One key part of making sure your B2B content marketing is actually working is to map out—in writing—the actions they want to take at each stage. That way you can measure how well one piece of content is helping a specific persona/audience move from one stage to the next.

2. Give Buyers the CTAs They Actually Want to Take

So now that you have identified the micro-problems to solve, and you’re creating content to that end, you need CTAs. Not everyone will follow the action, but those that are ready are willing.

You’ve probably picked up that “buy now” is usually not a successful CTA for most B2B content marketing—especially for someone in the early stages. Unfortunately, “set up a call” too early will also likely go ignored. On the other hand, “Download our comparison chart of competitors” would be great early on… and disastrous right after someone signs the contract.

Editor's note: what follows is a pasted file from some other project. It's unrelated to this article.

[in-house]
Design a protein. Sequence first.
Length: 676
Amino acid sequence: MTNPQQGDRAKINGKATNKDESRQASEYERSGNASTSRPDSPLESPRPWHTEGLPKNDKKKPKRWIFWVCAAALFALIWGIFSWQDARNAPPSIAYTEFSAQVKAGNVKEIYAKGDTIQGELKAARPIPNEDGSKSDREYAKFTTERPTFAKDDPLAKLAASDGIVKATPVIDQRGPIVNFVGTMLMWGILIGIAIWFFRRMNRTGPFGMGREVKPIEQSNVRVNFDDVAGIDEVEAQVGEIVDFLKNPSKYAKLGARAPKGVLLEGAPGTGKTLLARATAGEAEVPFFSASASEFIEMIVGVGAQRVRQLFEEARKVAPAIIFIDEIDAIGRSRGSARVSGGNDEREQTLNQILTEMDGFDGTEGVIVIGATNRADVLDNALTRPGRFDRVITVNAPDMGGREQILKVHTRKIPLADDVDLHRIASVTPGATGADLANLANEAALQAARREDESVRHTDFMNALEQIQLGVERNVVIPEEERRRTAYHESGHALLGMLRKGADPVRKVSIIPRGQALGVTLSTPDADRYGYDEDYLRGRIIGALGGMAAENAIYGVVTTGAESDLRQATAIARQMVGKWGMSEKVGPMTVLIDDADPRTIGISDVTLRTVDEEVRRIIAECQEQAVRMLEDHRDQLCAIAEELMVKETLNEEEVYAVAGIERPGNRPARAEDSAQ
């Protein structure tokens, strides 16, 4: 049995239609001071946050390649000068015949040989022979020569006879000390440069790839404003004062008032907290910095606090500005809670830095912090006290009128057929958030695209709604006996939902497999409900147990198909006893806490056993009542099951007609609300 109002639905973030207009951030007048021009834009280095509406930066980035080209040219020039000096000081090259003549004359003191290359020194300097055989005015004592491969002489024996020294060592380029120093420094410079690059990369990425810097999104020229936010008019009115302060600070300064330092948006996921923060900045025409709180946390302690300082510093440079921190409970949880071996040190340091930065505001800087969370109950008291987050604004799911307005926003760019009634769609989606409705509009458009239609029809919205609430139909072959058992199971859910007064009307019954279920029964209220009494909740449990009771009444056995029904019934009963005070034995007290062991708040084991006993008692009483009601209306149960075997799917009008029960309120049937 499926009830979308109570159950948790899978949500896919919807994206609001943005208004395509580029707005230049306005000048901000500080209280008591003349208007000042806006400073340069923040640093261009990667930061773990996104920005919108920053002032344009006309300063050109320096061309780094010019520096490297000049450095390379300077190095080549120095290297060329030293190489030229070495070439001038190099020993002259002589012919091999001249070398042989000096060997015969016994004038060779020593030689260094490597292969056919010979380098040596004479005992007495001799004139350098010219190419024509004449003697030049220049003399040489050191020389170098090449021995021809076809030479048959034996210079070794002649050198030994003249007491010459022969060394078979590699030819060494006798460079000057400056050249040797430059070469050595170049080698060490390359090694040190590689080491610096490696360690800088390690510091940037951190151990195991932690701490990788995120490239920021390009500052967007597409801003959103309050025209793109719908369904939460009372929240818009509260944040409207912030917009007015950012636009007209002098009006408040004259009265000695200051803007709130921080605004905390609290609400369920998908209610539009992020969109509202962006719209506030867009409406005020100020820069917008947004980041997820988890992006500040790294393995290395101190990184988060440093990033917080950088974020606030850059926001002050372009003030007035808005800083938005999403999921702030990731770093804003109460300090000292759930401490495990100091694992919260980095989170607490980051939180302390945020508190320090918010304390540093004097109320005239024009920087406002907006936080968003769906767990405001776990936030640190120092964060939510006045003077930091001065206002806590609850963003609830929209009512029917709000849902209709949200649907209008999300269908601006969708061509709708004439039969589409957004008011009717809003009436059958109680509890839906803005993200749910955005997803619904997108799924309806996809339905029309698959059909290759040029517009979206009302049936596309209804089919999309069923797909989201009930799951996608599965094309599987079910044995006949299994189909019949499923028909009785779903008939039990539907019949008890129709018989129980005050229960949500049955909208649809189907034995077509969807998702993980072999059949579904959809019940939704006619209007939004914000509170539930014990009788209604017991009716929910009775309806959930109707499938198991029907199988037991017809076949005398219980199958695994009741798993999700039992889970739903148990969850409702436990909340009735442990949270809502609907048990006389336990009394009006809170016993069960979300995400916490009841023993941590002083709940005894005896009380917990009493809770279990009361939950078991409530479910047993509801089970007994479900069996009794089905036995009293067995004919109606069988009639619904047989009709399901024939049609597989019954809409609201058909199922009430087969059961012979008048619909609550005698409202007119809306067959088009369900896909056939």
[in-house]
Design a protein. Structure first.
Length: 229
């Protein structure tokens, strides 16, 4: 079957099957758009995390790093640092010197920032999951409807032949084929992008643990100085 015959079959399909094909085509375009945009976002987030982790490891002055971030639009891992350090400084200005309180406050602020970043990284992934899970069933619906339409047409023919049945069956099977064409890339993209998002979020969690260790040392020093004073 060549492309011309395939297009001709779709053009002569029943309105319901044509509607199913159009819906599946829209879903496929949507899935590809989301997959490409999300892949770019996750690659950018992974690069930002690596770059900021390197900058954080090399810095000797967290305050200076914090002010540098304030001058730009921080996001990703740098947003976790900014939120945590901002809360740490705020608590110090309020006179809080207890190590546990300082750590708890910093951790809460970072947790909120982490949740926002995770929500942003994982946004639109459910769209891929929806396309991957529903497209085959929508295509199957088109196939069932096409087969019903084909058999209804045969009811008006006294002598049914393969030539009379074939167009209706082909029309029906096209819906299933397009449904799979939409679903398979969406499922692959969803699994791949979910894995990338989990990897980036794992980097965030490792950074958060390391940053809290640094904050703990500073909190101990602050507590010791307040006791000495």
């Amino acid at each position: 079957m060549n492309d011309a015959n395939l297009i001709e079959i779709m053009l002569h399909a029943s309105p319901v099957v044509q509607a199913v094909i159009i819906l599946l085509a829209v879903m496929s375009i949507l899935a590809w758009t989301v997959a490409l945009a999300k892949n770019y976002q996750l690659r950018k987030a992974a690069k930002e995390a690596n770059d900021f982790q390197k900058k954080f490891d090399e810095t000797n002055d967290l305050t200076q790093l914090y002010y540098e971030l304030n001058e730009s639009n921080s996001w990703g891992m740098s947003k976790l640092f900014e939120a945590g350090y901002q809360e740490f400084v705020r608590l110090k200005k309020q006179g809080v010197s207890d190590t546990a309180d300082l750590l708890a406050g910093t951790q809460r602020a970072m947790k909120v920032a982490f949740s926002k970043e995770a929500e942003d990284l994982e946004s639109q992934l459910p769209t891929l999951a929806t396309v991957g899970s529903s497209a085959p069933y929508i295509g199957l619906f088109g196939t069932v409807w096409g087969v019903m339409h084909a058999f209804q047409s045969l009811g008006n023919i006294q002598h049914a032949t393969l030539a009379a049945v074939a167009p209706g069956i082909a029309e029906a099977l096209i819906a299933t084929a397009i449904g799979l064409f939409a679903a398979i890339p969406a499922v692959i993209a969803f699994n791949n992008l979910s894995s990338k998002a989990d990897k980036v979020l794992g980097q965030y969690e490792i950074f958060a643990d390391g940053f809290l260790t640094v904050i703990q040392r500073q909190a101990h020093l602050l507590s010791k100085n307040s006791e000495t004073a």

In other words, relevance in CTAs is at least as important as relevance in the content itself.

With specific CTAs identified for each stage, you now have the ability to track micro progression of leads. You can see where they are stalling in the pipeline, which pieces of content are actually leading to revenue-bearing actions, and how you can improve your nurture apparatus to keep more people moving down the sales funnel! After all, you paid for those leads… it’d be a shame to lose them.

3. Create Content Based on Need, Not Quantity

When you audit your content, it may feel lopsided—why does one stage have more content than another?

Two reasons: You need to sunset old content (let go of the past…it’s OK…), and/or that’s exactly what your target audience needs. Some stages take longer, or require more information. Roll with it. You only have “too much” content when you have content that goes unused.

4. B2B Content Marketing Needs to Be Used…REALLY Used

Your content has more life than to live and die on the blog thread.

After someone fills out a form or clicks a CTA that indicates the next stage, send an autoresponder email with content geared for the next stage they’re about to face.